Speaking of resources, this is also a different world when it comes to that. The agriculture of the Palouse is all crop farming, but Deep East Texas is almost entirely invested in livestock. Well, if you chickens as livestock. But this means that there are thousands, even millions of acres of heavily forested land that do little besides stand as privacy fences between our houses, and shelter wild animals. So what do we do with them? Well, we farm the trees. On a lot of the bigger properties in the area, some of the forest is clear-cut and replanted on a regular basis. But elsewhere, the woods are kept wild for hunters. And in a place where the population is so spread out, and the wilderness is always so close to civilization, there are a lot of hunters.
This does interesting things to conservation in our part of the world. All those hunters want to make sure there will be plenty of game next year, so a solid chunk of the movement to protect Texas wildlife, regulate hunting, and stop poaching, is actually driven by hunters. In addition, all those wealthy businessman who own all the land, including the ones whose lands contain oil and natural gas, are also the ones constantly replanting trees. The hippies might keep the wilderness wild on the Palouse, but in Deep East Texas, where wilderness runs right up to the roadside, and people actually live in the sticks, a lot of the movement to protect mother earth is actually driven by folks on the right.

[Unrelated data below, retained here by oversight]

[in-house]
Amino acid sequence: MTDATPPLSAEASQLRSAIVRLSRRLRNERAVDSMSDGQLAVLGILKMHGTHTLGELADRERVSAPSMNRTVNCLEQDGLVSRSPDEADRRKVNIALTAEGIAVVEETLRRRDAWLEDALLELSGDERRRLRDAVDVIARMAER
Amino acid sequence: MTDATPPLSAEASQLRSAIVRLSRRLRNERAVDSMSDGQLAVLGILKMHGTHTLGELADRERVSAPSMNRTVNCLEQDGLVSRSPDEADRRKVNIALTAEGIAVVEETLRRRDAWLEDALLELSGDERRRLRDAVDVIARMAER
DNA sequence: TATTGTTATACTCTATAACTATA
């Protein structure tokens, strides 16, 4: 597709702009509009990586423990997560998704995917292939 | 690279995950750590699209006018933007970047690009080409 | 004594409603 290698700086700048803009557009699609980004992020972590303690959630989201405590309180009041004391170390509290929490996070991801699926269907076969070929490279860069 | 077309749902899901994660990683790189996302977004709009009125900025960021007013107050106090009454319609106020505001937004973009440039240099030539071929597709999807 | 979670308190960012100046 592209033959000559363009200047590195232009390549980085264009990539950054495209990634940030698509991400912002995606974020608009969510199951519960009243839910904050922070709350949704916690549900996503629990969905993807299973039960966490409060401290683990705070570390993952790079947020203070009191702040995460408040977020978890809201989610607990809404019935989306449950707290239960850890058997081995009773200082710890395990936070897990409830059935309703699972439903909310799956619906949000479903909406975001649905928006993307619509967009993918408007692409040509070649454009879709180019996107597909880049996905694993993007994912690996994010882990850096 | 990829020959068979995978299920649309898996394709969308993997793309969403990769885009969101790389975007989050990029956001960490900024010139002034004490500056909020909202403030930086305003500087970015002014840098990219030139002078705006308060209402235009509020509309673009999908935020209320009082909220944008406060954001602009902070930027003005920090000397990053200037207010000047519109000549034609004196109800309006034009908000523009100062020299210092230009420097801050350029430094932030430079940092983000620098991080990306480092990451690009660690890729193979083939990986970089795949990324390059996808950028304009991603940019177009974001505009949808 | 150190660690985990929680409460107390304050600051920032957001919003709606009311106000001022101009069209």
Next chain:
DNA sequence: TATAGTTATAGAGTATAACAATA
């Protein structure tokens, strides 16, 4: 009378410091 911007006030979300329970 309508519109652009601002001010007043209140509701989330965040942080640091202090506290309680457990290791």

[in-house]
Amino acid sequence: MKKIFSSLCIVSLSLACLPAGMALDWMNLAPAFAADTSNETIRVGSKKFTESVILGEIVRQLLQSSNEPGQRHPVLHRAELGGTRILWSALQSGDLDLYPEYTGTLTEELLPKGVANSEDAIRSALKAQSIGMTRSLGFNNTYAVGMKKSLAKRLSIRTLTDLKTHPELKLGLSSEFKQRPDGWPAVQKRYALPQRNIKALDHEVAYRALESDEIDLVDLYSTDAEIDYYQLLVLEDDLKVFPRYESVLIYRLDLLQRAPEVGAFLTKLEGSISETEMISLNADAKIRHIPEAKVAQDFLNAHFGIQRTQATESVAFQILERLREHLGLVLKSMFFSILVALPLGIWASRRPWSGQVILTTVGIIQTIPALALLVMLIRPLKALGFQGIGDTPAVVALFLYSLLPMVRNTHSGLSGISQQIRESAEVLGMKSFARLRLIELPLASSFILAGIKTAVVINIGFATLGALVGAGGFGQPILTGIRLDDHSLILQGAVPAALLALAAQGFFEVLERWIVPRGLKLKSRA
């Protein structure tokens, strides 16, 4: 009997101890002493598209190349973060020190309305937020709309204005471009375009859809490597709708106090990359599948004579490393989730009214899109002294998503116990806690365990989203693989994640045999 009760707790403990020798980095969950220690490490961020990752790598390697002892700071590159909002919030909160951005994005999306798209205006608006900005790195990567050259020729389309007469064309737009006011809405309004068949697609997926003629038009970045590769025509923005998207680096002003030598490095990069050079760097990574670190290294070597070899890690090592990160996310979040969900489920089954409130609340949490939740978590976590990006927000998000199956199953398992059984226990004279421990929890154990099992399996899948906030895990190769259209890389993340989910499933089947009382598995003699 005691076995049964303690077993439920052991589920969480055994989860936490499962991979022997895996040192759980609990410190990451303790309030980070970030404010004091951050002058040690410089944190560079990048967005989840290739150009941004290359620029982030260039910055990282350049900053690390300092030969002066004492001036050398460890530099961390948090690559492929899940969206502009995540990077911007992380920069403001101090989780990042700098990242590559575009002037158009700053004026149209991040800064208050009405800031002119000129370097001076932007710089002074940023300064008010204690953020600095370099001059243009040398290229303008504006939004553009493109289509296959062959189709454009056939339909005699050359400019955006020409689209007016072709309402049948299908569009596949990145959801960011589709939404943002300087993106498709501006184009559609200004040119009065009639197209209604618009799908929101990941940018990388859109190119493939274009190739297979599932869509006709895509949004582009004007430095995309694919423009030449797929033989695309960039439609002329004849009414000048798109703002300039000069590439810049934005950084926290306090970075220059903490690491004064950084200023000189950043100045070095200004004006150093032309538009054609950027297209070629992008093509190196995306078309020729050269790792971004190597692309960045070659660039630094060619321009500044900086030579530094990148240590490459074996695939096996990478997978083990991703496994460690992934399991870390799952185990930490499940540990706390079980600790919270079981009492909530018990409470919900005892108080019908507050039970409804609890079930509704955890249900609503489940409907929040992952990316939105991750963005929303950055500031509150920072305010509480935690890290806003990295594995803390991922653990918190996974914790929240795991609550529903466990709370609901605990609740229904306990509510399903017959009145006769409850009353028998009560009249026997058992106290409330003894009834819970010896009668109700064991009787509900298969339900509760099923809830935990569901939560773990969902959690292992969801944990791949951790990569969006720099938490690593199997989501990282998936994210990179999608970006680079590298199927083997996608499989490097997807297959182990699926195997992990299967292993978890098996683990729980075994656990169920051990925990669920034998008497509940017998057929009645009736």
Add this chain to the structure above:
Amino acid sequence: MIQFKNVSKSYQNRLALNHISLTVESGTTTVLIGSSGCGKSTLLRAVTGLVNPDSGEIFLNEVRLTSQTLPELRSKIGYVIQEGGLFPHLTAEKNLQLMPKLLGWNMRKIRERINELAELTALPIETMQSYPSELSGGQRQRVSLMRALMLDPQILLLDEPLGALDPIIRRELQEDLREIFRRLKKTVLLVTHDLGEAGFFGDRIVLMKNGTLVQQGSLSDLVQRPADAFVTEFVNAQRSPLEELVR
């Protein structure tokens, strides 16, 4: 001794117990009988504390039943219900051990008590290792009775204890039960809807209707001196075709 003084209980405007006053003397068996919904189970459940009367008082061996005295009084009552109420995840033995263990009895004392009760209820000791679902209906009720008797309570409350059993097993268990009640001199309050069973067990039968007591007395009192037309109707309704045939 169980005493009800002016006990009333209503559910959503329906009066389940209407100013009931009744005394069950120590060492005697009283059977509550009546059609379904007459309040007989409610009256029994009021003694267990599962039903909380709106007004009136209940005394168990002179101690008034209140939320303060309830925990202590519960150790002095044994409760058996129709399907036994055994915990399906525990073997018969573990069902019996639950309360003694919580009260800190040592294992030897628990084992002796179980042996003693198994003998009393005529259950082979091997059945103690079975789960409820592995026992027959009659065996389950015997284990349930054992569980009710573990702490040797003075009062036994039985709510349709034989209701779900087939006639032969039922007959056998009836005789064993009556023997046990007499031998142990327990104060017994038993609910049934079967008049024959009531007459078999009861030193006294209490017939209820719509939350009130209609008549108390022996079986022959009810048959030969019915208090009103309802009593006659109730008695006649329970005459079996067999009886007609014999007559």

I could go on about the difference between the lands we live in and how we inhabit them, and how that effects our culture. For example, there are no mountains in East Texas, but there are also very few flat places. Where Idaho seems to have tall mountains, flat plains, or else the regular little bumps, like the Palouse hills, we have a constant ripple of big, irregular hills, ridges, creek bottoms, and gentle slopes. And all the high spots are covered in trees. So the Palouse has plenty of high vantage points from which you can look out on wide-open spaces, consider the wilderness before you, or the little urban grid of civilization. But East Texas is just a maze of trees, earth, water, and the occasional house or strip of businesses.
But the differences go beyond the land. Demographics are also telling. As of 2010, Moscow was 90% white. Nacogdoches is barely 50%. Spanish is a curiosity on the Palouse, but in Nacogdoches there are signs in Spanish, businesses dominated by Spanish-speakers, and every ad has to end in “se habla español,” or you simply wont get enough customers. But this is also the Deep South, and the black population is sizable. And this year, that meant quite a lot.